Hoax Campaigns: Opiate of the Angry Masses


A re:publica event

Many waves of outrage and viral memes arise randomly, but the mechanisms by which they run their course make them predictable. It’s not only PR strategists that use them for grey marketing and covert propaganda – pranksters and “false flag” trolls also play their part. A week after we all shared the video about the hero cat that defended a boy against a dog, the question arose as to whether it was really just a promotional stunt by the pro-fracking lobby. Shortly after people feminists have always found to be a bit dim began waxing indignant on Facebook and Twitter about menstruating activists, it emerged that the social-media phenomenon known by its #Freebleeding hashtag was a 4chan hoax in disguise. How do these “false flag” campaigns work, and how can we avoid falling for them?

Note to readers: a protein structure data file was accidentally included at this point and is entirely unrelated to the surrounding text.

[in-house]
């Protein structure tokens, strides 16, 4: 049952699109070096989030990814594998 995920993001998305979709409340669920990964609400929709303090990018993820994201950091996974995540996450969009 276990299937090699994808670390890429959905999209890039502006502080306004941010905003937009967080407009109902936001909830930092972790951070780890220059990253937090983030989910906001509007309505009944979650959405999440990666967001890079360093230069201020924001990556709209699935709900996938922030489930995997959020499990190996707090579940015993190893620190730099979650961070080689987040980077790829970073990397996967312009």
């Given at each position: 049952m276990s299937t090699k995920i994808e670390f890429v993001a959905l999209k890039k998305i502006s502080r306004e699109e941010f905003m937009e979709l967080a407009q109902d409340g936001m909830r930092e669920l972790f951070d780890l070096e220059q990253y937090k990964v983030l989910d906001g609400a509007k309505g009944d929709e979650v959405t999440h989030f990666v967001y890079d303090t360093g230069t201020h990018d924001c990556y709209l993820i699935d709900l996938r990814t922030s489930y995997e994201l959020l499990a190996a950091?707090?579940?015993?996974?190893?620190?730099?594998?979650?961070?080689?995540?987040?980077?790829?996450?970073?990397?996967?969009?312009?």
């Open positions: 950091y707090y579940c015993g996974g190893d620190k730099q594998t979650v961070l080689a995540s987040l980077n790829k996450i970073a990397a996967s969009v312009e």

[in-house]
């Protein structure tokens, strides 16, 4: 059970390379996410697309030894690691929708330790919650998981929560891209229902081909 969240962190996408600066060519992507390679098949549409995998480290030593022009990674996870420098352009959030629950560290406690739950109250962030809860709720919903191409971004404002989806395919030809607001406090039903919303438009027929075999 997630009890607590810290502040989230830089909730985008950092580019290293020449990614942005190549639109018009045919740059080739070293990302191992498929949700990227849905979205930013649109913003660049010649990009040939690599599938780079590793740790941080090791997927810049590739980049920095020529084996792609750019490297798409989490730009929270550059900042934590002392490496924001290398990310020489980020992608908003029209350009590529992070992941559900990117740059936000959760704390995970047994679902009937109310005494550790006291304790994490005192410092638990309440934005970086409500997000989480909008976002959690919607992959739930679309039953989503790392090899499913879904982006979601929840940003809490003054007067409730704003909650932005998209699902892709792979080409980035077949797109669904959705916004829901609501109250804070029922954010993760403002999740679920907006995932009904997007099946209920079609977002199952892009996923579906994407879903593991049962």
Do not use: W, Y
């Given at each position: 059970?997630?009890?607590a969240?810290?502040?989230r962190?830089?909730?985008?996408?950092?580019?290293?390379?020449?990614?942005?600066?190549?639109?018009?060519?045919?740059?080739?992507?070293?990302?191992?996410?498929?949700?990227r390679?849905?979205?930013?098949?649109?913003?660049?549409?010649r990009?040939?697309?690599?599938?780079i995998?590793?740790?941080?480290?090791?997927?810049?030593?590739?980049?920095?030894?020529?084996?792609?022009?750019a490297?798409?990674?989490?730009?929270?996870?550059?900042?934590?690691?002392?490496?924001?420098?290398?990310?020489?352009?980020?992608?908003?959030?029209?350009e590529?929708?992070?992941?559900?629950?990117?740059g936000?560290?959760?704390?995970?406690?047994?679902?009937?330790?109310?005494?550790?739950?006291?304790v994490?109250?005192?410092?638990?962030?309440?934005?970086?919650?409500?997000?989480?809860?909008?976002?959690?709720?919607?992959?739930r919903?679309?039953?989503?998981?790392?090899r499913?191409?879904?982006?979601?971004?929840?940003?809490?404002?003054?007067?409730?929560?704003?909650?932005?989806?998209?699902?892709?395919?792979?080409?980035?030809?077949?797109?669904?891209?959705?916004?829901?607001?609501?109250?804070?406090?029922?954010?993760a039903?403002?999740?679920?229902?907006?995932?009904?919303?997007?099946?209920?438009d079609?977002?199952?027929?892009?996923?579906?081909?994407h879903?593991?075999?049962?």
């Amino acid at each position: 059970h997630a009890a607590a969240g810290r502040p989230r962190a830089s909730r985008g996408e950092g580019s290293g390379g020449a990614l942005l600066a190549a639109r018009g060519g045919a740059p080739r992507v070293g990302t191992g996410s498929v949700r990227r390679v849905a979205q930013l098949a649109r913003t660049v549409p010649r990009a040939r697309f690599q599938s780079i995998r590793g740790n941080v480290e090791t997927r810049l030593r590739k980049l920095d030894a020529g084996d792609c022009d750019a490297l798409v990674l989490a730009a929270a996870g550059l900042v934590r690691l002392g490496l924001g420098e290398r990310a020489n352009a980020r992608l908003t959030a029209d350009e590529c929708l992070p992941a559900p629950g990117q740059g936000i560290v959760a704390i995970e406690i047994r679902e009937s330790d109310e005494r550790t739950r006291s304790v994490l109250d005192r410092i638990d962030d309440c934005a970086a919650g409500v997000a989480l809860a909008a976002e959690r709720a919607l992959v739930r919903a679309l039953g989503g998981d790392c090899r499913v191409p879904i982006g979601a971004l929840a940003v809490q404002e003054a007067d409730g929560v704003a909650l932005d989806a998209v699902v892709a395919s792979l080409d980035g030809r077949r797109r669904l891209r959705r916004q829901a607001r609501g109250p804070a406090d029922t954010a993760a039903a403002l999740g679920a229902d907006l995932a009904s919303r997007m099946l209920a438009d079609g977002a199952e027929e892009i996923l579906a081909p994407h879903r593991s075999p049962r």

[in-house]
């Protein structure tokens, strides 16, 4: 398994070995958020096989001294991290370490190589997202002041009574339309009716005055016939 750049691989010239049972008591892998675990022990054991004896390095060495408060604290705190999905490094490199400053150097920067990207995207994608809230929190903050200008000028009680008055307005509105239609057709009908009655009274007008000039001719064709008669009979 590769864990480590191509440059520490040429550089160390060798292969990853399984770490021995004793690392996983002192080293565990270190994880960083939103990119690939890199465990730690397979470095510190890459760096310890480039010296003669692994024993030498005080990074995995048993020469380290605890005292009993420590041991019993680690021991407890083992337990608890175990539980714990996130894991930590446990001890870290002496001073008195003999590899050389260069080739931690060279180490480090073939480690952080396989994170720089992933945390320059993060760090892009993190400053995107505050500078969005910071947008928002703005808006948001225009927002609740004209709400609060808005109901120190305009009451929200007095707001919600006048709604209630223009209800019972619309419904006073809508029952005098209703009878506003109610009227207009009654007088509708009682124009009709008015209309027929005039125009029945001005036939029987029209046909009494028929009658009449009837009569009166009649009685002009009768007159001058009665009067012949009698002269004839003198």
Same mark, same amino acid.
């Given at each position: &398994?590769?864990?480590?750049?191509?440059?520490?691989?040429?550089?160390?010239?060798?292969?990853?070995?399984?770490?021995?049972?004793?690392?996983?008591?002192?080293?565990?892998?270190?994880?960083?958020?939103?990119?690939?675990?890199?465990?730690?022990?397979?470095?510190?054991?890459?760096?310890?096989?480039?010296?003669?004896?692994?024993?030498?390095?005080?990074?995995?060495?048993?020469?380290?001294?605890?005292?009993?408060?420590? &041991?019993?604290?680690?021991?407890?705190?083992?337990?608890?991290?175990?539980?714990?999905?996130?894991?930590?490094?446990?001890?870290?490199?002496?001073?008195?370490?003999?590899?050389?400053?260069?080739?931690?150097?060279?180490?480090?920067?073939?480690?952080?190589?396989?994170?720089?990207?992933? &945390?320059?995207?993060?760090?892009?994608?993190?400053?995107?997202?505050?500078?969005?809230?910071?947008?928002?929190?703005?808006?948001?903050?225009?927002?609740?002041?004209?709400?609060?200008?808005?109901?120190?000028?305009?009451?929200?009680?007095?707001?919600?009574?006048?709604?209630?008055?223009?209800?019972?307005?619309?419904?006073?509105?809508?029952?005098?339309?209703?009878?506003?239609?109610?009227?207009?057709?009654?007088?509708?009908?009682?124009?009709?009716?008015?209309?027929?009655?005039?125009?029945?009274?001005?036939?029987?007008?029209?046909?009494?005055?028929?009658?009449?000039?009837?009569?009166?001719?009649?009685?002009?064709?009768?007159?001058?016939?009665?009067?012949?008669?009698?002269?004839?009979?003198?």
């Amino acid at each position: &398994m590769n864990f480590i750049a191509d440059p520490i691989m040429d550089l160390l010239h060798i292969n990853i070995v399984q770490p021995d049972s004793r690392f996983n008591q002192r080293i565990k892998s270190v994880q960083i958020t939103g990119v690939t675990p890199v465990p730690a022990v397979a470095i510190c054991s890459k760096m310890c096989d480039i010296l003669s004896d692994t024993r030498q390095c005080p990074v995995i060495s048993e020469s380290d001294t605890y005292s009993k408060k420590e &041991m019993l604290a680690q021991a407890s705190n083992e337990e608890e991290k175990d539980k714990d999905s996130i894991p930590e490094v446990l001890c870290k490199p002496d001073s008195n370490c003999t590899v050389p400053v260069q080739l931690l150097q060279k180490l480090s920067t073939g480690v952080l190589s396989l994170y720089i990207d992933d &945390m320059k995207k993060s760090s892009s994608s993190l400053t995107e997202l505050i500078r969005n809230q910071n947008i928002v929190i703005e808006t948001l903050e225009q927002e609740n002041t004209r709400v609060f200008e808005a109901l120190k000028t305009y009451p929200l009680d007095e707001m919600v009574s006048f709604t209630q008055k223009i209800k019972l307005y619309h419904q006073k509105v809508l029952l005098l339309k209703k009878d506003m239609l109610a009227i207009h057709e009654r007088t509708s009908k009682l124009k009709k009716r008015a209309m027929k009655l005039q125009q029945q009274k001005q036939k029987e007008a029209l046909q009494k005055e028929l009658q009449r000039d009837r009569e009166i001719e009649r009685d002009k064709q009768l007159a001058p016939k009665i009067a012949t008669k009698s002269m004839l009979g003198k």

Deef Pirmasens, Online Editor and Community Manager, @BR quer from Bavarian Broadcasting

Christian Schiffer, Editor, Bavarian Broadcasting